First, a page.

HealthDay News — The prevalence of youth substance use largely declined during the first two years of the pandemic, according to a review recently published in Current Psychiatry Reports.
Hannah M. Layman, from West Virginia University in Morgantown, and colleagues conducted a systematic literature review to assess trends in substance use (across alcohol, cannabis, tobacco, e-cigarettes/vaping, and other drugs and unspecified substances) among youth during the COVID-19 pandemic.
Based on 49 included studies, the researchers found that overall, the prevalence of youth alcohol, cannabis, tobacco, and e-cigarette/vaping use declined during the pandemic. However, for other drugs and unspecified drug and substance use, three studies reported an increase in use and three studies reported a decrease in use.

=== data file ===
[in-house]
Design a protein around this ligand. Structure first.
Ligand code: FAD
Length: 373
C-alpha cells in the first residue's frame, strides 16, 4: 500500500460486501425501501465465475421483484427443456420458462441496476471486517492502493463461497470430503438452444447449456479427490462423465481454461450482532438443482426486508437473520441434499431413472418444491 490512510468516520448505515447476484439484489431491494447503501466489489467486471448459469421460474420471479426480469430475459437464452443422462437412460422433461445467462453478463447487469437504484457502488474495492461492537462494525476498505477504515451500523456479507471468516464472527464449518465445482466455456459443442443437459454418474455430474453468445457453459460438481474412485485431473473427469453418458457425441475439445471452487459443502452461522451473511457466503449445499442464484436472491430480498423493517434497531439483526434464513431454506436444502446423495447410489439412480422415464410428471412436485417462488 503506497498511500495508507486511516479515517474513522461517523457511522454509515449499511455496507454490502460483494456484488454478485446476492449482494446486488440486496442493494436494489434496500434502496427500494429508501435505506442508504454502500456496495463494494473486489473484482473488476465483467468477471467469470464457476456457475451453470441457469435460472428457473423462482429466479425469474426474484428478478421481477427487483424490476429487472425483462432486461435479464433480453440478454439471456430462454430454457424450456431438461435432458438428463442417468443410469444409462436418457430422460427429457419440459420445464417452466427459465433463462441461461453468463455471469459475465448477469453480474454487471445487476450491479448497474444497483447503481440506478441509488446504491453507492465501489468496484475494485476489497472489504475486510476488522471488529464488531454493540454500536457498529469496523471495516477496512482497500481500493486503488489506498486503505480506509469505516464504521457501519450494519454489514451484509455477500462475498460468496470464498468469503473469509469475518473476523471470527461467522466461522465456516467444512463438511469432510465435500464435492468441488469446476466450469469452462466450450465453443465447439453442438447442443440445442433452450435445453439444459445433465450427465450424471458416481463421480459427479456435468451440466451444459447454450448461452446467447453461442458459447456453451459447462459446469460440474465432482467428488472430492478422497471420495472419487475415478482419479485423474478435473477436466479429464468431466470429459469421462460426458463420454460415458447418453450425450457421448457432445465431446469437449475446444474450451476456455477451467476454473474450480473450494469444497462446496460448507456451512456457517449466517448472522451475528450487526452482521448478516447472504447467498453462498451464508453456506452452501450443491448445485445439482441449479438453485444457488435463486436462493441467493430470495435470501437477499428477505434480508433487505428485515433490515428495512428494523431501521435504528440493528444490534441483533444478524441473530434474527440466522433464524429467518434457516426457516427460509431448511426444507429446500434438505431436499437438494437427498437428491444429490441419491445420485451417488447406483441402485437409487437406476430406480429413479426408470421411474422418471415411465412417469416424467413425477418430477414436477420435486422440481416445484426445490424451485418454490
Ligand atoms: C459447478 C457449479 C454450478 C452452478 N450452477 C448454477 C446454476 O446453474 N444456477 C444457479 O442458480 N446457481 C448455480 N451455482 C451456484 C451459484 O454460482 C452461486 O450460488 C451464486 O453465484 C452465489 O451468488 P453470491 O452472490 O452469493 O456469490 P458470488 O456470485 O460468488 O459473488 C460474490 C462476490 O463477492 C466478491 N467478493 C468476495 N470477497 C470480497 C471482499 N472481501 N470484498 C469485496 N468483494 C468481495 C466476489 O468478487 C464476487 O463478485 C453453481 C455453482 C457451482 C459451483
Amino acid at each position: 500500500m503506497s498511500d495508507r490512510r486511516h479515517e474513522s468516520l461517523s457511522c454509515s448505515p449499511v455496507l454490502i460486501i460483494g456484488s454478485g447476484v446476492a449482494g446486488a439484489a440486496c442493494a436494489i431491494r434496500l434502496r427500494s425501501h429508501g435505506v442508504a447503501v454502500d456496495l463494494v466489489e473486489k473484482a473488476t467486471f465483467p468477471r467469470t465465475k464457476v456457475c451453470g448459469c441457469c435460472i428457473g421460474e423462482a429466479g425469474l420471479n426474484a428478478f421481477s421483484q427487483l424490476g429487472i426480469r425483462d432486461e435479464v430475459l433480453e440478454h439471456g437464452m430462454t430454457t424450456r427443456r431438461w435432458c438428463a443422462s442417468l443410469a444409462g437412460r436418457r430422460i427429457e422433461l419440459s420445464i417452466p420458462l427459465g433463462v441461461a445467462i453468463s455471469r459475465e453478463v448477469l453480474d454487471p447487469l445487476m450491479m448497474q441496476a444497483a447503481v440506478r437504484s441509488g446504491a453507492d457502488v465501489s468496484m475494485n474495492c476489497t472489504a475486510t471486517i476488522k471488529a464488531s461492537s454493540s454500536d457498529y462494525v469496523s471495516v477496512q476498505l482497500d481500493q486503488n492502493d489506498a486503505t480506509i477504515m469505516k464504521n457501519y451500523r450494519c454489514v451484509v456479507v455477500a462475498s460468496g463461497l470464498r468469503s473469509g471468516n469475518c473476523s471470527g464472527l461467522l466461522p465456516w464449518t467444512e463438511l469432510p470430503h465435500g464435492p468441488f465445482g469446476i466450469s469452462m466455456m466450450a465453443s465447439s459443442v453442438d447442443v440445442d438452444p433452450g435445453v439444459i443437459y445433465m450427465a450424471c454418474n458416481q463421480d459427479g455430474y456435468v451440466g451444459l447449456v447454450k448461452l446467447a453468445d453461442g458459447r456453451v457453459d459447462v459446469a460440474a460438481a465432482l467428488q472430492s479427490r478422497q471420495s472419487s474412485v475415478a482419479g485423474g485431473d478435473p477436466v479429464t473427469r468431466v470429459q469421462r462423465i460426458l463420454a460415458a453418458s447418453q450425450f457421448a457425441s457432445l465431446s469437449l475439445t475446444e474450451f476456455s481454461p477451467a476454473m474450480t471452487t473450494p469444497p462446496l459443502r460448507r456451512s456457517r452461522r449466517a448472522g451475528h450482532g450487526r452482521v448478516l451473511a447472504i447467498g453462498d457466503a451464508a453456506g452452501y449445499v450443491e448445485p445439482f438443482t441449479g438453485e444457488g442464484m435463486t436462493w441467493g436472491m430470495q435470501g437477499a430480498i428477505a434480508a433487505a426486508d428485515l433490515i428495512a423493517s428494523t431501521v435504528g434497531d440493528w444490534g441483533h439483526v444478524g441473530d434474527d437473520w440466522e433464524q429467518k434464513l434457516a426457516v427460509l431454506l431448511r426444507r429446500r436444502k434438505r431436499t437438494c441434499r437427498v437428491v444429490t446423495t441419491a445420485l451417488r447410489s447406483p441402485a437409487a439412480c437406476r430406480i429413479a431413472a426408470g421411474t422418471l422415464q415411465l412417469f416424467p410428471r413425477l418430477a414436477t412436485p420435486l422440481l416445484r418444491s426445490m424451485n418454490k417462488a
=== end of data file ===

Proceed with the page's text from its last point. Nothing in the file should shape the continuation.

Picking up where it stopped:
“One of the driving factors for youth substance use is access to substances,” Layman said in a statement. “With stay-at-home orders, virtual schooling and social distancing, children have been spending more time with family and are more socially isolated from peers than before. Although social isolation from peers may have a negative impact on their mental health, it may just be one of the desirable outcomes of the pandemic when considering substance use in children.”
Several authors disclosed financial ties to Planet Youth, a youth substance use prevention service organization.